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BMW M2

BMW has been supplying the MotoGP championship with safety cars for a long time and the current choice is the M2 Coupe. It sits on gold wheels with track tyres, and behind the rims are gold-coloured ceramic brake discs to cope with continual hard driving on track.

There’s also race-spec suspension, a roll cage, safety lighting and onboard fire extinguishing equipment. Best of all, as the M2 safety car is not used on the public road, BMW has removed the catalytic converters, silencers and exhaust flap system so the engine can be heard in its full, unadulterated voice.

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BMW M4

here have been many BMW safety cars over the years, going back to the Z8 and Z4M Coupe, but one of the fans’ favourites is the M4. It became the official safety car of the MotoGP championship in 2015 and made its debut at the opening round in Qatar.

The M4 was made ready for its safety role with the addition of a roll bar, race harnesses and seats, and onboard fire fighting equipment. It was the most powerful safety car used in MotoGP up to that point and worked alongside a BMW X5 M that carried the race doctor for the warm-up and first laps.

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Chevrolet Camaro

As well as taking the fight to its direct pony car rivals on the street, strip and track, the Chevrolet Camaro also fought for the honour of being the Indy Pace Car. This was the early days of the safety car and the main role for the Camaro at its 1967 Indianapolis 500 debut was to lead out the racing cars for the start.

The Camaro became a staple for safety car duties at the Indy 500 and other races in the US, and it’s still being used today in coupe and convertible forms. Chevrolet has also been one of the few car makers to offer replicas of its pace and safety cars for the public to buy. These are usually built in a limited edition run of 500 cars and are eagerly snapped up.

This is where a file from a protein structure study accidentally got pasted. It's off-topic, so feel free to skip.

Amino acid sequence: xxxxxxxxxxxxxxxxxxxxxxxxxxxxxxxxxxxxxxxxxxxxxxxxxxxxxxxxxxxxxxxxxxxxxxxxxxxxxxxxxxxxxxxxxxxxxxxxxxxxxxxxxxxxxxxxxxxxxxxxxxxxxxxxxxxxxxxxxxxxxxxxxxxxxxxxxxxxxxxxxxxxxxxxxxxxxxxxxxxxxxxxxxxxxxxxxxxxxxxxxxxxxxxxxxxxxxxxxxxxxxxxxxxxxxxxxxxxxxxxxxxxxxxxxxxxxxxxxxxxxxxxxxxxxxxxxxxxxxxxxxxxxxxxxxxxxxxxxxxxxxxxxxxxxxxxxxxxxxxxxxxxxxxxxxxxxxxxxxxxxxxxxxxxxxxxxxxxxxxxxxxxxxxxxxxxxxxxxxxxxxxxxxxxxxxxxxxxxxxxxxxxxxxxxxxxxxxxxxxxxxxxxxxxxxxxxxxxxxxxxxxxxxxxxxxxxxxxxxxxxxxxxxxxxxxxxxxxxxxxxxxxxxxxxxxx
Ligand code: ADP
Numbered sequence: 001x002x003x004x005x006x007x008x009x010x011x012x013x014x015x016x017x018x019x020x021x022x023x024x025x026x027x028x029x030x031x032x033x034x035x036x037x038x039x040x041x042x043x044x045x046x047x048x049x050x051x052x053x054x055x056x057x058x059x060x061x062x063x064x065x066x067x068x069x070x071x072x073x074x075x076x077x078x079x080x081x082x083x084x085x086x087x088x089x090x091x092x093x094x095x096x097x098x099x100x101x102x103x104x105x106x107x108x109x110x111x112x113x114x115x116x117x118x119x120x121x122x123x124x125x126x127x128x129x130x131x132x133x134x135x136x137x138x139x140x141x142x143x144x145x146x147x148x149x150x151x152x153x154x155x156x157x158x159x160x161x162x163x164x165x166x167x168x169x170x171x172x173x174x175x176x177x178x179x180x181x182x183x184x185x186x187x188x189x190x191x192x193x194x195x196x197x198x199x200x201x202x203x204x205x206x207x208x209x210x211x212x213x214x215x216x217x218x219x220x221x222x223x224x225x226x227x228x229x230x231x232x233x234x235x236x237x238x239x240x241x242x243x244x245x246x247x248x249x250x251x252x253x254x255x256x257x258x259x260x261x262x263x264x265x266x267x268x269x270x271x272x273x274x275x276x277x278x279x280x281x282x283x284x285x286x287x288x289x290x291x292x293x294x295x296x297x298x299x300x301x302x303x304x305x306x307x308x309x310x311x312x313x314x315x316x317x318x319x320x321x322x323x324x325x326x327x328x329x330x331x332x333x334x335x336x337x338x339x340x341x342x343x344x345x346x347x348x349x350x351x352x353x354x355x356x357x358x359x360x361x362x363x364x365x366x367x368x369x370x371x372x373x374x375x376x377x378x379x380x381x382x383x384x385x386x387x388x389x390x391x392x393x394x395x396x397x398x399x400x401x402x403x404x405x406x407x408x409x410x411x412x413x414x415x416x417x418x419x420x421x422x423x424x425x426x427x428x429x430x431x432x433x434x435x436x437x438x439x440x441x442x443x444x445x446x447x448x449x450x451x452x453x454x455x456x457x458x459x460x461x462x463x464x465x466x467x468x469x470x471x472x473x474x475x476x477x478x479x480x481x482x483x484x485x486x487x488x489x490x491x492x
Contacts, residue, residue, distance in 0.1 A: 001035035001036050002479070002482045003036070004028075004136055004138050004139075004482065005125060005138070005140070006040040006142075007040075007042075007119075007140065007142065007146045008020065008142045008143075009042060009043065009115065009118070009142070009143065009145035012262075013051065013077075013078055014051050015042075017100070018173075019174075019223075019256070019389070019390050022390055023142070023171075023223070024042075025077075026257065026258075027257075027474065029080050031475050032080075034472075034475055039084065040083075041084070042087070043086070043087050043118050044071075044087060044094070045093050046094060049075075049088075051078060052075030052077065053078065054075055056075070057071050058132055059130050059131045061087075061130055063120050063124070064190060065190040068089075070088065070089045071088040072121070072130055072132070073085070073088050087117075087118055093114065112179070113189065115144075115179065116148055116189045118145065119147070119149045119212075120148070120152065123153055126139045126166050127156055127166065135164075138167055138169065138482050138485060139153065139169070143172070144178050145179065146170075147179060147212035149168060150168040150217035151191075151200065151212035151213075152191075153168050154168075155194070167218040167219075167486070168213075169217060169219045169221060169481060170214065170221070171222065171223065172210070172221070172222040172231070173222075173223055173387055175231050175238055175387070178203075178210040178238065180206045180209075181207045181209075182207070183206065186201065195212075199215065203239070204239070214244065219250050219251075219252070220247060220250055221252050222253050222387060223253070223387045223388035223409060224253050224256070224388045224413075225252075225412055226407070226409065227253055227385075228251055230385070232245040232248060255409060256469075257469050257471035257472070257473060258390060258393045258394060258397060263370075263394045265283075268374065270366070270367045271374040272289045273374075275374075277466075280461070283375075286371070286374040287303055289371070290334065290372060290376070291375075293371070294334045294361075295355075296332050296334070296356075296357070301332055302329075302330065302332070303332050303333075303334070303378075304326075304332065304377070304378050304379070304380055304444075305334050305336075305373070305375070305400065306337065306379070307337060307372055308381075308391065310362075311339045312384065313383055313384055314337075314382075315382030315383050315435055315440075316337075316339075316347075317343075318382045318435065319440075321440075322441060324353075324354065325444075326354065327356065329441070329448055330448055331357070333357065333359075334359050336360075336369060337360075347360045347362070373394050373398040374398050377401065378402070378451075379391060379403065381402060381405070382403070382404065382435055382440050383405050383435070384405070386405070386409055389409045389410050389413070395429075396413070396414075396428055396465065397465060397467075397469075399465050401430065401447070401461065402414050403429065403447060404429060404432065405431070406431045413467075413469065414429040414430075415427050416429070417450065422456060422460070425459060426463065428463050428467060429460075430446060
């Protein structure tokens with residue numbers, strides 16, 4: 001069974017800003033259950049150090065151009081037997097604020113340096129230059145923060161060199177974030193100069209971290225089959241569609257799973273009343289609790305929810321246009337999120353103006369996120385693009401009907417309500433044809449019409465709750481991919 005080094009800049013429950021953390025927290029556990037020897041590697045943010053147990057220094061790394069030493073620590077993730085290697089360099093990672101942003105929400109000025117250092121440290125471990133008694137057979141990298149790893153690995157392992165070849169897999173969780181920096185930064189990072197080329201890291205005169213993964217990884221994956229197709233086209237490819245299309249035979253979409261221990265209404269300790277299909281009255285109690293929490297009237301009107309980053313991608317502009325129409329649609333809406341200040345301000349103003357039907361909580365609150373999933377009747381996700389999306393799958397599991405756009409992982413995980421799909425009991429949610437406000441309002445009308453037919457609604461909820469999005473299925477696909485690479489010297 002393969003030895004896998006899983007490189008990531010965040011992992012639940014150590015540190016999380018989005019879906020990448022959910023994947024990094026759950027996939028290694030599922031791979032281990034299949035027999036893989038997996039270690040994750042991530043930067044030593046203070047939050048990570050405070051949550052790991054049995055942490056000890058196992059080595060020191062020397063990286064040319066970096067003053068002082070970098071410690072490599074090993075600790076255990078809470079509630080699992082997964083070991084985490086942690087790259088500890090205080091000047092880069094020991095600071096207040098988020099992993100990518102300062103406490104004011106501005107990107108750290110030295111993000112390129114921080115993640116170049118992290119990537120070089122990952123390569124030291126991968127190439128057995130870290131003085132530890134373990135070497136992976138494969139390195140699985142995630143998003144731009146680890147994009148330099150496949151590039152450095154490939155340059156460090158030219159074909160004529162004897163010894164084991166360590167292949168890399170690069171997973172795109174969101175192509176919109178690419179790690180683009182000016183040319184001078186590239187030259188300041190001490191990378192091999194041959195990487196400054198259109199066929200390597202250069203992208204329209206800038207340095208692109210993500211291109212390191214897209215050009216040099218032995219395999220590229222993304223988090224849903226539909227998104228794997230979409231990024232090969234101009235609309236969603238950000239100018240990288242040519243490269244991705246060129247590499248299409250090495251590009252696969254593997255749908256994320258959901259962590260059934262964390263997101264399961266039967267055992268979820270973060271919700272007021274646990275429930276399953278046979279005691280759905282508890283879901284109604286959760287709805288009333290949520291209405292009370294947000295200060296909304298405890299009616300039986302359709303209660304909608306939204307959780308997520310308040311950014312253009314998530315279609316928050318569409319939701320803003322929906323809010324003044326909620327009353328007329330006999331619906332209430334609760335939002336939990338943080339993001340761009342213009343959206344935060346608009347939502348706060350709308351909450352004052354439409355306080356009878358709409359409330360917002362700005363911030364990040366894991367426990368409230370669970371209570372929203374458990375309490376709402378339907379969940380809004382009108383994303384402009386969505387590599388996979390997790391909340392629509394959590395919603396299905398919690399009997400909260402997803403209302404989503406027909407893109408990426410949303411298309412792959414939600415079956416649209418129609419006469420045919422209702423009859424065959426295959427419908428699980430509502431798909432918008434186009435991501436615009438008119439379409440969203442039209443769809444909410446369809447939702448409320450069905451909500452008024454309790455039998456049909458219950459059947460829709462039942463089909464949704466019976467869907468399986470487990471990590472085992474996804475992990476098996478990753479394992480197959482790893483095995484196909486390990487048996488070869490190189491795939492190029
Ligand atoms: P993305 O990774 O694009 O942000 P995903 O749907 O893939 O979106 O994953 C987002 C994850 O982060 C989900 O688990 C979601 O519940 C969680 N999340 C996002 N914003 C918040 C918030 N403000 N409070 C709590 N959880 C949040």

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Chevrolet Corvette Z06

A safety car has to be able to keep up with the racing pack and drive quickly when working as a pace car to keep the competition machines up to temperature. This is why the Corvette has proved popular for this role in the US, with several appearances in the job at the Indianapolis 500.

The Z06 version of the Corvette with its 485kW supercharged 6.2-litre V8 was a natural, especially when fitted out with stripped cabin, roll cage and safety gear. It can trace its ancestry back to the 1948 Chevrolet Fleetmaster Six convertible that was the first Indy 500 pace car and was driven by three-time winner of the race Wilbur Shaw (1902-1954).

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Honda Civic Type R

Honda has a long association with racing at the Isle of Man TT motorcycle event, but it also has a lengthy history of supplying cars for travelling doctors during the race. Due to the size of the 60.72km track used for the TT, as many as eight Civic Type Rs can be found placed around the course and they are assisted by travelling marshals on Honda Fireblade motorcycles.